GDSOH: As we see applications, connected devices, and network-enabled platforms making their way into the daily operations of government agencies and military organizations, we’re also seeing a rise in the frequency and sophistication of cyber threats. How does the current threat landscape impact or shape digital transformation initiatives? How can government agencies embrace new technologies and move at the speed of innovation, but do it more securely?
David Egts: One thing I always say is that “innovation does you no good if you can’t secure it.” Security needs to be baked in during development and not an afterthought.
Like everyone else, developers are busy people. They get their applications to work as expected and then move on to the next project. The problem is that bad actors look for ways to exploit applications in unexpected ways that were never considered by the developer.
In addition to developing unit tests for functional correctness, developers need to automate security testing. This can include fuzz testing, ensuring third-party code libraries and software are digitally signed by the authors, are being actively supported, and don’t have known flaws, and ensuring that data access isn’t unnecessarily overly permissive.
GDSOH: Software vulnerabilities are among the most exploited vectors for hackers. As government agencies accelerate application development, how can they ensure the applications they’re developing are more secure? What technologies can and should they embrace to ensure that their haste to develop and deploy applications doesn’t come at the sacrifice of security?
David Egts: One way is to not go it alone. If you assemble all the components yourself, it’s up to you to ensure they’re not only up to date but ensure the integration of the components doesn’t introduce security vulnerabilities.
By using commercially supported open source software, the vendors will do the integration testing of their components. When vulnerabilities are discovered, they will also provide you with alerts, authoritative guidance, and fixes that have been pretested for regressions.
GDSOH: What role can DevSecOps play in ensuring these applications are more secure? How can Red Hat technologies help enable development teams to embrace DevSecOps?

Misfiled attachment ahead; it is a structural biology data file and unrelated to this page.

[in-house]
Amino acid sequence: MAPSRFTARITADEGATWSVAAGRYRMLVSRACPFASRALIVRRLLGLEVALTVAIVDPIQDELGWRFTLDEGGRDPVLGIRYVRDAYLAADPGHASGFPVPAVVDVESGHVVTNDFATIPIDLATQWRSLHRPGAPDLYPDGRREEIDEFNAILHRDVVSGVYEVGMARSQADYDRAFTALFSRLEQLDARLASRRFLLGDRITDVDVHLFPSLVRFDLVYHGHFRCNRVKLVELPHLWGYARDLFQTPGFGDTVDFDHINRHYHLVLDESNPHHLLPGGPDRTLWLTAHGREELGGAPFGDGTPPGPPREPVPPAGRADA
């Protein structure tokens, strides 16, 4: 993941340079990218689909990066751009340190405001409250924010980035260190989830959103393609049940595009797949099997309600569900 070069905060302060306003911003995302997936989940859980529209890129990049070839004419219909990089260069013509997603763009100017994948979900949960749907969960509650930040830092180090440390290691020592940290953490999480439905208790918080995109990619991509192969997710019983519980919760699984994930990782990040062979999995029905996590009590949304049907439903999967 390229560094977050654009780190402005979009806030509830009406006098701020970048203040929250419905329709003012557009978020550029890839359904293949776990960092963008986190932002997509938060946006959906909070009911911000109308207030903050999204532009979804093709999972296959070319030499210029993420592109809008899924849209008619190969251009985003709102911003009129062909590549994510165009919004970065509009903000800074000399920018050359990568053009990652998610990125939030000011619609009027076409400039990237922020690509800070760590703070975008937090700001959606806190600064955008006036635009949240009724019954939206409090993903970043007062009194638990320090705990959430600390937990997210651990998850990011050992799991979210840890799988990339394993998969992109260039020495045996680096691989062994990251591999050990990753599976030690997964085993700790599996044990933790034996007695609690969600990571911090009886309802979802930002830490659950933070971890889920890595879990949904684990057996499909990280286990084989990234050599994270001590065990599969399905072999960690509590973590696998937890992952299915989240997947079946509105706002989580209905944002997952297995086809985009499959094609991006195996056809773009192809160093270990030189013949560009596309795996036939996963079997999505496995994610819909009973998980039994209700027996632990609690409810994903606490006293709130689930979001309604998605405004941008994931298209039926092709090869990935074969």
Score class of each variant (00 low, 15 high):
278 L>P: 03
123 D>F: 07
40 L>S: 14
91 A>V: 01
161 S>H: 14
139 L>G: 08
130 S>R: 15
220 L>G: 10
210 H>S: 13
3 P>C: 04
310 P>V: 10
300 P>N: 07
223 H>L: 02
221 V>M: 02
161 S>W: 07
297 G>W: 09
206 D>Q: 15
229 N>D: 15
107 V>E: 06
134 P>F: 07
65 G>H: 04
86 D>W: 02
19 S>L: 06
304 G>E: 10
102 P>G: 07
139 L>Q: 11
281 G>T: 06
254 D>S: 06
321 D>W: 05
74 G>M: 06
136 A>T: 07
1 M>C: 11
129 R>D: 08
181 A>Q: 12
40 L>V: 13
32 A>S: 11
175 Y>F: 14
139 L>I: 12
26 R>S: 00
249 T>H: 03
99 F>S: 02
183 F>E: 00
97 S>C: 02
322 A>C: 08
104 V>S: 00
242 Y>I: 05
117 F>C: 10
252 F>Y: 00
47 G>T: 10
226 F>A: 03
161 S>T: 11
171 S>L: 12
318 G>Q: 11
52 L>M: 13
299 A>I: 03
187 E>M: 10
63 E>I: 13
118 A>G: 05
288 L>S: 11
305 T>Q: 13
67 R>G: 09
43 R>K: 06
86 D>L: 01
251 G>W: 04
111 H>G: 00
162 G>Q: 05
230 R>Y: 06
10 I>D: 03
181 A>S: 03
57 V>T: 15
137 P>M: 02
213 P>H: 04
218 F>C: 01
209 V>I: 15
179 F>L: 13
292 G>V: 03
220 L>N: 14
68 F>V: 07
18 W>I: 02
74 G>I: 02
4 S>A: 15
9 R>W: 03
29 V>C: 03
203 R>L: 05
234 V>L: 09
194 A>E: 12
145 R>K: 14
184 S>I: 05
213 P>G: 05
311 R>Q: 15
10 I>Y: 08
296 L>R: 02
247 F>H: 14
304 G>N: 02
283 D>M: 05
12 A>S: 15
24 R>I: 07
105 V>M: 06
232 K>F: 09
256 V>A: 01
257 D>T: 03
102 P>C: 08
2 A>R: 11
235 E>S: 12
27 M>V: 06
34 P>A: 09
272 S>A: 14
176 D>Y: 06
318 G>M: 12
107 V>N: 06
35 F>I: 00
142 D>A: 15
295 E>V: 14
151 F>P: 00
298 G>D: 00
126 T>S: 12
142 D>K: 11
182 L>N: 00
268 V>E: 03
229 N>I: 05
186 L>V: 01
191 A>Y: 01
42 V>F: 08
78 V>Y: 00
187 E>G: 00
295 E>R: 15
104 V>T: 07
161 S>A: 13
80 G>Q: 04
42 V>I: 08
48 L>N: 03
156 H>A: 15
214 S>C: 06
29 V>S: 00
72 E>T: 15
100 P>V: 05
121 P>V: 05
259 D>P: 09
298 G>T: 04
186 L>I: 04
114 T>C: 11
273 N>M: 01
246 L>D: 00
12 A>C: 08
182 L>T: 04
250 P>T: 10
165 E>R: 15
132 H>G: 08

David Egts: DevSecOps ensures that security is factored into innovation throughout development and operations instead of it being seen as an afterthought or as an inhibitor of innovation. By including and automating security in the development process, code is more secure and the developers that write the code improve their secure development practices.
“Data sets are more valuable the more you share them, and at the Red Hat Government Symposium, we’ll be hearing from government leaders as to how they have built their organizations around a culture of sharing their data.” – David Egts
At Red Hat, we provide automation tools, container platforms, training, and integration services that help make DevSecOps happen faster and more successfully at agencies.
GDSOH: Tell us a little bit about the Red Hat Government Symposium? Are there any particular speakers or topics that you’re particularly excited about at this year’s event?
David Egts: The Red Hat Government Symposium is our annual showcase that features some of the most compelling, collaborative, and transformational projects in government. The theme of this year’s event is on all things data and how the public sector can use it to fuel transformation.
Pre-COVID, we’d have it in person in Washington, DC. This year, we’ll be holding it virtually and the speakers and attendees will be hailing from all over the United States where they specialize across the gamut of federal, state, and local government, healthcare, cybersecurity, and so much more.
GDSOH: Who from the government should attend the Red Hat Government Symposium, and what can they expect to get out of it?
David Egts: The Red Hat Government Symposium will have something for everyone, including IT leaders and staff from federal, state, and local governments as well as the integrators that support them.
The thing I love the most about the Red Hat Government Symposium is that it not only shares government technology successes but it also highlights leadership lessons learned to provide the environment and culture to unleash government innovation.